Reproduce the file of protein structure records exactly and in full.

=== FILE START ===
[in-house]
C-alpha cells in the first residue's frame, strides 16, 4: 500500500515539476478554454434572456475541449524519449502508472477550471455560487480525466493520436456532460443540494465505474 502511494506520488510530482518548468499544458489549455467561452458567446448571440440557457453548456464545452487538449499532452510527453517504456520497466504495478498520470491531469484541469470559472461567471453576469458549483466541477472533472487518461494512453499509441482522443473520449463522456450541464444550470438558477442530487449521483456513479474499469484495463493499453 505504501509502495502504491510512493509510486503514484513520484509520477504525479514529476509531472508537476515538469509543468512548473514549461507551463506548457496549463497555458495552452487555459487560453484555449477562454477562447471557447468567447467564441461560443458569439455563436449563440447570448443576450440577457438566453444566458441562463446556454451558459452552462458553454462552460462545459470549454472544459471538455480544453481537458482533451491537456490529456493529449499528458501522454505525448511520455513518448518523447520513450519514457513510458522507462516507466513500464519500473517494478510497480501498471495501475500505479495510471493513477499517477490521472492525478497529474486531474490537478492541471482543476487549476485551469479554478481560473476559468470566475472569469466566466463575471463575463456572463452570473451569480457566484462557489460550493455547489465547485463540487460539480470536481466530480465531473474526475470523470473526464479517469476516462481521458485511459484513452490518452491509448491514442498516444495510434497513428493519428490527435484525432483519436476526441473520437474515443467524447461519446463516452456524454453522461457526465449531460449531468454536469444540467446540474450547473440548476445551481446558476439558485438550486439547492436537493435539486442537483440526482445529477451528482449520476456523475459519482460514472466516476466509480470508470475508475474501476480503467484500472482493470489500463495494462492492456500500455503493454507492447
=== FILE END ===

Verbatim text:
[in-house]
C-alpha cells in the first residue's frame, strides 16, 4: 500500500515539476478554454434572456475541449524519449502508472477550471455560487480525466493520436456532460443540494465505474 502511494506520488510530482518548468499544458489549455467561452458567446448571440440557457453548456464545452487538449499532452510527453517504456520497466504495478498520470491531469484541469470559472461567471453576469458549483466541477472533472487518461494512453499509441482522443473520449463522456450541464444550470438558477442530487449521483456513479474499469484495463493499453 505504501509502495502504491510512493509510486503514484513520484509520477504525479514529476509531472508537476515538469509543468512548473514549461507551463506548457496549463497555458495552452487555459487560453484555449477562454477562447471557447468567447467564441461560443458569439455563436449563440447570448443576450440577457438566453444566458441562463446556454451558459452552462458553454462552460462545459470549454472544459471538455480544453481537458482533451491537456490529456493529449499528458501522454505525448511520455513518448518523447520513450519514457513510458522507462516507466513500464519500473517494478510497480501498471495501475500505479495510471493513477499517477490521472492525478497529474486531474490537478492541471482543476487549476485551469479554478481560473476559468470566475472569469466566466463575471463575463456572463452570473451569480457566484462557489460550493455547489465547485463540487460539480470536481466530480465531473474526475470523470473526464479517469476516462481521458485511459484513452490518452491509448491514442498516444495510434497513428493519428490527435484525432483519436476526441473520437474515443467524447461519446463516452456524454453522461457526465449531460449531468454536469444540467446540474450547473440548476445551481446558476439558485438550486439547492436537493435539486442537483440526482445529477451528482449520476456523475459519482460514472466516476466509480470508470475508475474501476480503467484500472482493470489500463495494462492492456500500455503493454507492447